20191113, 05:49  #12 
"Matthew Anderson"
Dec 2010
Oregon, USA
1001011100_{2} Posts 
LaurV,
do not believe that there is "a squarefree counterexample" 
20191113, 20:13  #13 
"Matthew Anderson"
Dec 2010
Oregon, USA
2^{2}×151 Posts 
This is a joke 
I give you Anderson conjecture # 23. for every square free positive integer r, there does not exist any nonzero integer s and t such that sqrt(r) = s + sqrt(t). I believe I saw a theorem about this. 
20191114, 10:56  #14  
Dec 2012
The Netherlands
3·5·97 Posts 
Quote:
The key  as LaurV suggested  is that the square root of any integer is either an integer or it is irrational. Take any fraction \(\frac{a}{b}\) where a & b are integers (with b≠0). We can choose them so that gcd(a,b)=1. Suppose \(\left(\frac{a}{b}\right)^2=n\) for some integer n. Then \(a^2=nb^2\) so every prime number dividing b also divides \(a^2\) so it also divides a. But gcd(a,b)=1 so there are no such prime numbers. Hence b is 1 or 1 and the fraction \(\frac{a}{b}\) was an integer all along.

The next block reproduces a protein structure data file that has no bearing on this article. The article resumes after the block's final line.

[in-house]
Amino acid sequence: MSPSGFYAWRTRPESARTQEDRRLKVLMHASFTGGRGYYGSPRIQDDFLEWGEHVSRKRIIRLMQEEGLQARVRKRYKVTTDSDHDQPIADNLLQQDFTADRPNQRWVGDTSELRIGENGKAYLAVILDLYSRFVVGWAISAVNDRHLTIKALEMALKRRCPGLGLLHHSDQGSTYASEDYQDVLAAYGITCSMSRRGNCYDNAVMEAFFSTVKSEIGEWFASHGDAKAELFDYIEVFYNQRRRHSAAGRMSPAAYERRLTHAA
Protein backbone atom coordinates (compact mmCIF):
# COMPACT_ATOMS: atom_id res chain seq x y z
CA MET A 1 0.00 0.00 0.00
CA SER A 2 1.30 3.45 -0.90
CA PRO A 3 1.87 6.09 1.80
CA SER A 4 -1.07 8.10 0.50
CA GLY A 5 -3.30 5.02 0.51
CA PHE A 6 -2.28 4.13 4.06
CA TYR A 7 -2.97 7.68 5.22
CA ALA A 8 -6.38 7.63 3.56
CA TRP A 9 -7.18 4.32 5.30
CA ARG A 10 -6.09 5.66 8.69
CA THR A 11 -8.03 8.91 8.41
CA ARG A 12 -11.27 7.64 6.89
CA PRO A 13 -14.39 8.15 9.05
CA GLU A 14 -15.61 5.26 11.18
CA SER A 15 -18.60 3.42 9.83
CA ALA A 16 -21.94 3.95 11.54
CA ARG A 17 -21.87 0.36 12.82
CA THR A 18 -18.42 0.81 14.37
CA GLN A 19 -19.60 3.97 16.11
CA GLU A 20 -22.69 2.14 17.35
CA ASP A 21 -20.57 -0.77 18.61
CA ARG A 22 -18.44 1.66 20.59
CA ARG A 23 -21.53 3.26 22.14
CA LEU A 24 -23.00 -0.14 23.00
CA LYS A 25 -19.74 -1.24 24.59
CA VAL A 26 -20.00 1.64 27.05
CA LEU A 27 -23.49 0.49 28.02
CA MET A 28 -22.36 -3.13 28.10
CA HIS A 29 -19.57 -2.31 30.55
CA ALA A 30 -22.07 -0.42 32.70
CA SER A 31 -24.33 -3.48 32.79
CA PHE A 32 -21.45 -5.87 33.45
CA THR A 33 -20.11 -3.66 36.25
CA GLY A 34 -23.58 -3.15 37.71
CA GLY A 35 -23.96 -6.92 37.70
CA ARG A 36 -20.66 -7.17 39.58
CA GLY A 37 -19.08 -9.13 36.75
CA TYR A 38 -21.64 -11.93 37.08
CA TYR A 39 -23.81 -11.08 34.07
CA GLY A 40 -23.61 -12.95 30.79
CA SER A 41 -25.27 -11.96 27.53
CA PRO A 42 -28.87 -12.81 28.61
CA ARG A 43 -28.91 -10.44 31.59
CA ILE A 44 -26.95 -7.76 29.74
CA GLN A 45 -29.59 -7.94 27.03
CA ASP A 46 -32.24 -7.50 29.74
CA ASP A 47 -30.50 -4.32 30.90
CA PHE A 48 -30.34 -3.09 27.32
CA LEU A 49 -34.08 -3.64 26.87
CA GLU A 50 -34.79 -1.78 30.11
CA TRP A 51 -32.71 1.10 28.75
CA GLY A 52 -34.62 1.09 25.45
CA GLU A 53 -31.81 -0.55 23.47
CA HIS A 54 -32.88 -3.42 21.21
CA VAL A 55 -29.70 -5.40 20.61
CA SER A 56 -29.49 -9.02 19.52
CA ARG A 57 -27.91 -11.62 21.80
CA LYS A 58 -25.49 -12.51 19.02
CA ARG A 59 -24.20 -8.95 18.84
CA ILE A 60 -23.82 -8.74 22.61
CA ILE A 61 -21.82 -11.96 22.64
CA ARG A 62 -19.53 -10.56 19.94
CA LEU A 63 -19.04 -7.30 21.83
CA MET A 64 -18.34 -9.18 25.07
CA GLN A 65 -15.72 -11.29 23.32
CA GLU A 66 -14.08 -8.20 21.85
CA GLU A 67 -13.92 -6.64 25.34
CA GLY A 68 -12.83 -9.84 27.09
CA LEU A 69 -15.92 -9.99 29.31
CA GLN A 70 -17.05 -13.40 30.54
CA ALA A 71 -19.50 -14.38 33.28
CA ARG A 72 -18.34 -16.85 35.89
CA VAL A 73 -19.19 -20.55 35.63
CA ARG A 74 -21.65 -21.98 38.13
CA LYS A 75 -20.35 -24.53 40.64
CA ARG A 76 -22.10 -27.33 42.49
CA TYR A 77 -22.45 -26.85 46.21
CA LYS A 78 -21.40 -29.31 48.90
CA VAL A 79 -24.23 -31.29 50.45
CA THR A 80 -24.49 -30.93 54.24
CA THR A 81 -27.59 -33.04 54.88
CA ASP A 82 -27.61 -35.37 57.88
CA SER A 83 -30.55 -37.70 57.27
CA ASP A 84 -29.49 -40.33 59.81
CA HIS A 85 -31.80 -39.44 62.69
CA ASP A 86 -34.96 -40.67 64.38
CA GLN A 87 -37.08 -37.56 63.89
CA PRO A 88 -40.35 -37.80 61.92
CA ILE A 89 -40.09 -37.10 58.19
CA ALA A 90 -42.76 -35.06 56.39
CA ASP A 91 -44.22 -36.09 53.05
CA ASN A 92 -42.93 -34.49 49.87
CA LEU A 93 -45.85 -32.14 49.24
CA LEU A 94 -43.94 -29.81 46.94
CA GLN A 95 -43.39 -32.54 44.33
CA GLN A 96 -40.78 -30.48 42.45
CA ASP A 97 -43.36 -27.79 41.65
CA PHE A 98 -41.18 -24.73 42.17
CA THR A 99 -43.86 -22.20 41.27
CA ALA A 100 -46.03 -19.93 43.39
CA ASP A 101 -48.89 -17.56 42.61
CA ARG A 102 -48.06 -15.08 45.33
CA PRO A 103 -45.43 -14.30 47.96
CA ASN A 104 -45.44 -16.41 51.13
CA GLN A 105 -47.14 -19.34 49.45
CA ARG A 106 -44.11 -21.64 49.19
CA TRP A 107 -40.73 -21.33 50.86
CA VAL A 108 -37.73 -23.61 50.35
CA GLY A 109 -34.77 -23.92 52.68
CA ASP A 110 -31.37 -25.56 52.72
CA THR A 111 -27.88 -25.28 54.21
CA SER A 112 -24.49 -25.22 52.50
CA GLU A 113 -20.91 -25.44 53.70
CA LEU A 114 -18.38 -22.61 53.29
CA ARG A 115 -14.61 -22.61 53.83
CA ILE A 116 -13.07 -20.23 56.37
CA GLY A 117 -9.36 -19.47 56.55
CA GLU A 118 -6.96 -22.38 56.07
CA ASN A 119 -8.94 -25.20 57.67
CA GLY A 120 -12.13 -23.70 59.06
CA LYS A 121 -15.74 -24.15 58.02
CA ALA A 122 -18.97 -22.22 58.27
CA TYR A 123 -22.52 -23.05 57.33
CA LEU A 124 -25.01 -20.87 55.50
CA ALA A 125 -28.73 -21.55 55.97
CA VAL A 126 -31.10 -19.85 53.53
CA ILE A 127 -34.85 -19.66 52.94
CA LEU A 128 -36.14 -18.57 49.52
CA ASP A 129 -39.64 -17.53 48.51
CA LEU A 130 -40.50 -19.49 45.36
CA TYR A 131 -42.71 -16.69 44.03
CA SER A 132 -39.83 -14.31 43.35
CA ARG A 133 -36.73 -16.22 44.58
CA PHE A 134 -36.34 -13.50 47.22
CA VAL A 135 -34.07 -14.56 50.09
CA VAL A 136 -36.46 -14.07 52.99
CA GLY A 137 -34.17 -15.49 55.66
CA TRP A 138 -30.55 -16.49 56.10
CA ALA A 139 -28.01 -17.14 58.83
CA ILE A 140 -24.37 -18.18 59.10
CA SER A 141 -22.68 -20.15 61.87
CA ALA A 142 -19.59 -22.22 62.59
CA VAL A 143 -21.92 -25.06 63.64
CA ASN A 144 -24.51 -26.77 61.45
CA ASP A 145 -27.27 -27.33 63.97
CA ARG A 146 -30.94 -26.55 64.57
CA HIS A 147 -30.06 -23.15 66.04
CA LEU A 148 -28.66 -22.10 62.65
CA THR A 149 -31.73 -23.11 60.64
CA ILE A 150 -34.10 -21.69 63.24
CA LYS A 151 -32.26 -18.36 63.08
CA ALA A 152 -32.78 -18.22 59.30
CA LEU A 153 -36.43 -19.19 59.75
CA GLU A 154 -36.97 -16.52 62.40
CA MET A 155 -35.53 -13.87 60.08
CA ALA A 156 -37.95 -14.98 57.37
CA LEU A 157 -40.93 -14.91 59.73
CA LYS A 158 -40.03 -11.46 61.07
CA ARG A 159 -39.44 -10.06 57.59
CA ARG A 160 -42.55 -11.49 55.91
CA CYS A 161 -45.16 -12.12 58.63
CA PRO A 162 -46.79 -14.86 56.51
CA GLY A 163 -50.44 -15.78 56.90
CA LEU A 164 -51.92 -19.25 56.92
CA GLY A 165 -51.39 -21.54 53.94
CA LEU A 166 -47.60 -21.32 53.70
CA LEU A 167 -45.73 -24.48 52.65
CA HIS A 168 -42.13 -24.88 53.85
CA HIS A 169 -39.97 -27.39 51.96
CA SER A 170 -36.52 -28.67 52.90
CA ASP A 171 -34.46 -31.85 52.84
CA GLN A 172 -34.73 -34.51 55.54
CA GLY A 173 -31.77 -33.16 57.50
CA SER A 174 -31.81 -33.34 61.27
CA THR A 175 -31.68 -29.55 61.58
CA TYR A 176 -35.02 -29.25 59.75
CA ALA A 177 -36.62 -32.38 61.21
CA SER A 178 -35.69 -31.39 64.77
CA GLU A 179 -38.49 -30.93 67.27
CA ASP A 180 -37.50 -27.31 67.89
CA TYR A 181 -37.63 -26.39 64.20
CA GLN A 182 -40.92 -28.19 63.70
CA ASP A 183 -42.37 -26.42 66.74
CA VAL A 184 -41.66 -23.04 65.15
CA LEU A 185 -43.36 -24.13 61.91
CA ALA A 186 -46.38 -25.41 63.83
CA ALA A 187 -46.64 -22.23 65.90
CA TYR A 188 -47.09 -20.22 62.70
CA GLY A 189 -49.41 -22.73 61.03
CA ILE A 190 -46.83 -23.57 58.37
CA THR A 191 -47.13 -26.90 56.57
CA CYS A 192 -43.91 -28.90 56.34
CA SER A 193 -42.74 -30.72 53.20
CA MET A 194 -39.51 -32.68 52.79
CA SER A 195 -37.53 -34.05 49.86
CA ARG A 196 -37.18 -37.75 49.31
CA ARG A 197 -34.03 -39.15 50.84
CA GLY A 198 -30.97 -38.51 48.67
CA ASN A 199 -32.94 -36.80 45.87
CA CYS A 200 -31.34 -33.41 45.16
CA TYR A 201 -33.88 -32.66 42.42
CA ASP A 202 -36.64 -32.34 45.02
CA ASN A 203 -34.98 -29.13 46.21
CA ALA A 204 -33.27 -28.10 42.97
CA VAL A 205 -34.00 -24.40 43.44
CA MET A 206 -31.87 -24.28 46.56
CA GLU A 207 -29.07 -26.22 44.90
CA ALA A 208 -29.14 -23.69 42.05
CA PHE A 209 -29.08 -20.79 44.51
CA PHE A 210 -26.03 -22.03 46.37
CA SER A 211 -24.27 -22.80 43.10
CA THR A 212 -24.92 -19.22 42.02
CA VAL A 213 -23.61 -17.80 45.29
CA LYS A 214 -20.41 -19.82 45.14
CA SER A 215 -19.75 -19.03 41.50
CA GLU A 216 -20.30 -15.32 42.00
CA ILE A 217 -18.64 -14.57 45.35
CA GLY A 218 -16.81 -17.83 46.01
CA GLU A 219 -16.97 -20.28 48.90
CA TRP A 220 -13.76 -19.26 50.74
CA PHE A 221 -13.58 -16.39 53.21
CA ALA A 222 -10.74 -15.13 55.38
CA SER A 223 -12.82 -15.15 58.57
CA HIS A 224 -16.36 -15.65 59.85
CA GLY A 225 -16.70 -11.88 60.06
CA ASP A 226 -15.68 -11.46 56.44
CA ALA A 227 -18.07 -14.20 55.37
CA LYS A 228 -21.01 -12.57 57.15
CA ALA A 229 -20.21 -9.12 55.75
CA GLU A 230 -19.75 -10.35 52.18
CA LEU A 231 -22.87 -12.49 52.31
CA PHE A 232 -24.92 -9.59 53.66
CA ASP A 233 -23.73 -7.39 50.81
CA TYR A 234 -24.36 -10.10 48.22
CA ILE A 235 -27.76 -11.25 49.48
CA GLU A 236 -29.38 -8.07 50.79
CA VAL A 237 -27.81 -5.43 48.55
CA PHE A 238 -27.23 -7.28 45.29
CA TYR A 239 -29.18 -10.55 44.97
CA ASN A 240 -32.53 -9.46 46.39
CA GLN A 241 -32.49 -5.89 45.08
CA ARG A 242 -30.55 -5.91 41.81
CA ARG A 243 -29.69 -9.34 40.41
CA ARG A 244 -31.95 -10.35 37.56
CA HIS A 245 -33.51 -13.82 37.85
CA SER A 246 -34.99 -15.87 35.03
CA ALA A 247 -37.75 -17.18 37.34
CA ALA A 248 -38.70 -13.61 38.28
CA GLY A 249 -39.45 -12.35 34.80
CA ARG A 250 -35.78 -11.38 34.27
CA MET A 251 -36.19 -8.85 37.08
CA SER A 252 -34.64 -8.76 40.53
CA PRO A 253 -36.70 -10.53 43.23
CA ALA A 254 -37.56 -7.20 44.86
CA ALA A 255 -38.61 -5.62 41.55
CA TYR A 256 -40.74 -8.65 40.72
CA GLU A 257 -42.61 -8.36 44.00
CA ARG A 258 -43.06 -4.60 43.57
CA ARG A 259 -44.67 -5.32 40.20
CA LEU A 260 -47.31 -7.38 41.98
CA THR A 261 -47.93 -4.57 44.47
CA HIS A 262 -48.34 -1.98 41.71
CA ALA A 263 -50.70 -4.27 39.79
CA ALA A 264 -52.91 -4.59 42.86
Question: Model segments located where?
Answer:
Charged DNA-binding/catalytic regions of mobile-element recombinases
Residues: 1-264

20191114, 13:09  #15  
Feb 2017
Nowhere
2^{2}·5·179 Posts 
Quote:
1 = 1 + sqrt(4) If we assume r is a positive integer, and not the square of an integer, and t is a positive integer, we can argue as follows: sqrt(r) = s + sqrt(t) sqrt(r)  sqrt(t) = s r  2*sqrt(r*t) + t = s^{2} 2*sqrt(r*t) = s^{2}  r  t The right side is an integer, hence r*t is the square of an integer. Thus, t = r*v^{2}, v could be rational, but t is an integer [The denominator of v^{2} must divide the largest square factor of r. If you assume r is square free and r > 1, then v must be an integer]. Then 2*r*v = s^{2}  r  r*v^{2} r*v^{2}  2*r*v + r = s^{2} r*(v  1)^{2} = s^{2} The left side, though an integer, is not the square of an integer, because r is not the square of an integer. The right side is the square of an integer. Uhoh, trouble...